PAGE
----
1999 Project: Games 70-72

Click here for an intro/manifesto on The 1999 Project.June 22, 1999: Mets 8, Marlins 2

Masato Yoshii pitched well in this outing, the first in a brief three-game homestand, giving up just two runs in 6 2/3 innings, but the Mets were baffled by the knuckleball of Florida starter Dennis Springer. Robin Ventura hit a solo shot off of him in the second, but Kevin Orie hit a two-run bomb of his own in the third, and the Mets entered the seventh inning trailing 2-1.

Yoshii got into some trouble in the top of the seventh, when he allowed a one-out double and a walk. Bobby Valentine called on reliever Greg McMichael, who retired the next two batters to keep the deficit at one run.

In the bottom half, the Mets finally got to Springer. Ventura led off the inning with a double. After a Brian McRae pop out, Roger Cedeno hit a ball that center fielder Preston Wilson (one of the chips sent to Florida the previous season in the Mike Piazza trade) tried to field on one hop. But the ball skipped past him, allowing Ventura to score and Cedeno to speed to third with a triple. Antonio Alfonseca came on to relieve Springer, but he promptly gave up RBI singles to Rey Ordonez and Edgardo Alfonzo.

After Armando Benitez pitched a 1-2-3 top of the eighth, the Mets piled on in their half. Piazza led off with a solo shot, and a double by Ventura and a single by McRae put runners on second and third with nobody out. Cedeno was walked intentionally to bring up the much less threatening Ordonez, but he delivered a two-run single. Even Benitez pitched in; in a rare at-bat for the set-up man, he drove in a run with a groundout. No worse for wear, the big righty set the Marlins down in order in the ninth to preserve the victory.

In other team news, the Mets decided to send Jason Isringhausen down to Norfolk again, with an eye toward making him a reliever. It was a move that would provide dividends–most of them for Oakland.

June 23, 1999: Mets 6, Marlins 3

Al Leiter continued his resurgence, throwing seven sharp innings, striking out seven, and giving up three runs. Since his breakthrough performance at Yankee Stadium, the lefty had an ERA of 2.25. Leiter seemed to falter a bit in the top of the seventh, when he gave up a single and a walk to the first two batters, prompting an unwelcome visit to the mound from Bobby Valentine (conferences and pitching changes were usually handled by pitching coach Dave Wallace). He induced a double play from future Met Luis Castillo, and though he allowed a run-scoring single from Alex Gonzalez, he struck out the last batter he faced to escape further damage.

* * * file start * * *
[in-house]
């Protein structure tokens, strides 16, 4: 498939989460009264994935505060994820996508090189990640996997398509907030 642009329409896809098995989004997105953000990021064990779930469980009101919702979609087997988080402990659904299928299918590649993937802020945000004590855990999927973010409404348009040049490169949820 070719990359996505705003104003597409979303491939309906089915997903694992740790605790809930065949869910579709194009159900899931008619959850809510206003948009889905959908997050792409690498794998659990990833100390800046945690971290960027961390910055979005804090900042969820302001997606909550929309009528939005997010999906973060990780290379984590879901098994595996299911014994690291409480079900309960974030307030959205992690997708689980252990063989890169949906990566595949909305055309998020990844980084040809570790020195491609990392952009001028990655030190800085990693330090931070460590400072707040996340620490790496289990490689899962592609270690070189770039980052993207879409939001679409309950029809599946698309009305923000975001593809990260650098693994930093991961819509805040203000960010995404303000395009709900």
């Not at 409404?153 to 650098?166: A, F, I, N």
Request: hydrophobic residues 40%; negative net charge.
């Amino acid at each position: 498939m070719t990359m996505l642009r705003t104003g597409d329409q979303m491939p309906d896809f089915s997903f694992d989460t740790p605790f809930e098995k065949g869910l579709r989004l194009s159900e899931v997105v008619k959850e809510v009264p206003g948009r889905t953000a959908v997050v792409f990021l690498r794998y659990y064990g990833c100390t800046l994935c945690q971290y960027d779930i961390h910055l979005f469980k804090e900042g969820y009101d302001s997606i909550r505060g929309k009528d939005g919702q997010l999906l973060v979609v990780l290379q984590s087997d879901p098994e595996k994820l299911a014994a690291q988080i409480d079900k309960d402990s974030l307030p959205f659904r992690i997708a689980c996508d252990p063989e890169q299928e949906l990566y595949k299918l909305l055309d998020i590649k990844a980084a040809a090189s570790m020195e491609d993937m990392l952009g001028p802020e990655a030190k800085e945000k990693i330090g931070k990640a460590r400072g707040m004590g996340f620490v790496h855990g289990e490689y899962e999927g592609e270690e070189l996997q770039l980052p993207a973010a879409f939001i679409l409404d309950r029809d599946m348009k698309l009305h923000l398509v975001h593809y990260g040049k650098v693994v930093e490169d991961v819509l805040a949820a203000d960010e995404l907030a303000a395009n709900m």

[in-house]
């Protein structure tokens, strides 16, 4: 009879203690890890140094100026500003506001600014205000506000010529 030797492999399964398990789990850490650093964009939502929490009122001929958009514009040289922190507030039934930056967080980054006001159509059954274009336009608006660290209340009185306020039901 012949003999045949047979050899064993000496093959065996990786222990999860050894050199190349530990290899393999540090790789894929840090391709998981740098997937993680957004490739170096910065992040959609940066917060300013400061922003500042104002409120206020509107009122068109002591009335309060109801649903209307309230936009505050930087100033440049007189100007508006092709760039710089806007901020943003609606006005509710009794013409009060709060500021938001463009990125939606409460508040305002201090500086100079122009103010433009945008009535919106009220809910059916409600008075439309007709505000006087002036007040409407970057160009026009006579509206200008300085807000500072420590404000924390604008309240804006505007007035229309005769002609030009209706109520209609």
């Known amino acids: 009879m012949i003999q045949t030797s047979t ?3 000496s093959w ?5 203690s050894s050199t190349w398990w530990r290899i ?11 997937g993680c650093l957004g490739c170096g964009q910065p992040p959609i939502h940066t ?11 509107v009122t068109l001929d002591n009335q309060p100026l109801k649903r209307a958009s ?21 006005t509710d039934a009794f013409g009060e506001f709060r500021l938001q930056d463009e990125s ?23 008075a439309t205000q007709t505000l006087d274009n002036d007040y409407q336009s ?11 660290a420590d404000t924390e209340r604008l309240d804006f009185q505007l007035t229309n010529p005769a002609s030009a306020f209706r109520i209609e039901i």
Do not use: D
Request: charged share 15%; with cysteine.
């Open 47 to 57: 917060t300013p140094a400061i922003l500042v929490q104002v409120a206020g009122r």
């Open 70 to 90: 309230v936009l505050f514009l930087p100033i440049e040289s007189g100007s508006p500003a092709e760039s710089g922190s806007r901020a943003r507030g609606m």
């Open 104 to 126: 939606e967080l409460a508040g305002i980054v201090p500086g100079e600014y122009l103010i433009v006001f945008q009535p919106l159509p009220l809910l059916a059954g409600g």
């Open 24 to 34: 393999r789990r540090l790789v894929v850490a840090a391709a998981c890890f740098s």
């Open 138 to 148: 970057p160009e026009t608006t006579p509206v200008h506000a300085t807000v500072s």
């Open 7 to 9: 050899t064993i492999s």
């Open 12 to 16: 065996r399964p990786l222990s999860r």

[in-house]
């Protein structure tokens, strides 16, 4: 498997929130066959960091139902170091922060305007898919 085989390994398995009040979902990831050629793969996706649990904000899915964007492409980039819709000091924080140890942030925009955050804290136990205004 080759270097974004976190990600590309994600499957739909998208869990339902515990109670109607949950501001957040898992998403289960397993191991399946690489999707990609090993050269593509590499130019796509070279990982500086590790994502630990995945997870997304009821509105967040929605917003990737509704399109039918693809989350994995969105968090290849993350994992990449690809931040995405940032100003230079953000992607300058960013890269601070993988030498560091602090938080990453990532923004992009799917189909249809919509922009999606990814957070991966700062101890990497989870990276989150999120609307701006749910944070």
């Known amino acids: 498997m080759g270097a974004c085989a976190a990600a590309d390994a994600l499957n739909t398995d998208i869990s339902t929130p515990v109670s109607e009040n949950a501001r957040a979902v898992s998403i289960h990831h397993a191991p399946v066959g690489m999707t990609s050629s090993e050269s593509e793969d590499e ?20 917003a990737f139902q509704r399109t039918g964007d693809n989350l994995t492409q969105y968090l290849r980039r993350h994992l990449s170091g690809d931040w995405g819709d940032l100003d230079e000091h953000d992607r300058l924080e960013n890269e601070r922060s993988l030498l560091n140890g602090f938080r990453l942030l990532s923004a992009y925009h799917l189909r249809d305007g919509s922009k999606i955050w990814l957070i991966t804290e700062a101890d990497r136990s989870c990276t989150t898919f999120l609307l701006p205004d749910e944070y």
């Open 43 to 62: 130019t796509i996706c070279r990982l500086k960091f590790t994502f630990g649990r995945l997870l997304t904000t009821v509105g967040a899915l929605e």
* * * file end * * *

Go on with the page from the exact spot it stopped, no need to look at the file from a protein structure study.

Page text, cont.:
Alfonzo paced the offense, hitting a solo shot and knocking in three runs. Cedeno swiped two more bases, bringing his total on the season to a league-leading 41. The bullpen made sure Leiter’s effort stuck. Despite appearing in his third game in four days, Benitez pitched a 1-2-3 eighth with two strikeouts, and John Franco set down all three batters he faced for his nineteenth save of the year.

On the negative side, Piazza suffered a mild concussion when he was hit by a Bruce Aven backswing in the top of the seventh. The catcher stayed in the game to try and extend his franchise record 24-game hitting streak, but grounded out in the bottom of the eighth and came out of the game. Afterward, his last at-bat was little more than a blur. “I think I swung at one of the balls I saw,” he told the Daily News.

June 24, 1999: Mets 3, Marlins 2

The Mets completed a three-game sweep of the Marlins, thanks to some late inning heroics. Orel Hershiser pitched six solid innings, giving up just one run. Future Met Livan Hernandez gave up two runs in the bottom of the sixth, but helped tie the score when he doubled to lead off the top of the seventh and came around to score on a sac fly.

With the score knotted at 2 in the bottom of the eighth, John Olerud hit a one-out double. Then Ventura blooped a single over the first baseman’s head to score pinch runner Luis Lopez and give the Mets the lead. Franco set down the Marlins in order in the top of the ninth to seal the victory.

Next up: The first-place Braves. The Mets had won 14 of their last 17 games and trailed Atlanta by only three games. But this would be the biggest test they faced thus far.

Somewhat prophetically, Valentine told the Daily News:

The bigness of it is that we haven’t seen them up close all season. They’re always there. They’ll always be there. They are the team we’ve been chasing since I’ve been here…I guess longer than that. So it’ll be good to see them on the field. We know they’re going to be around and what we want to do is let them know that we’re going to be around. Because the season ends playing them six
times in the last [12] games.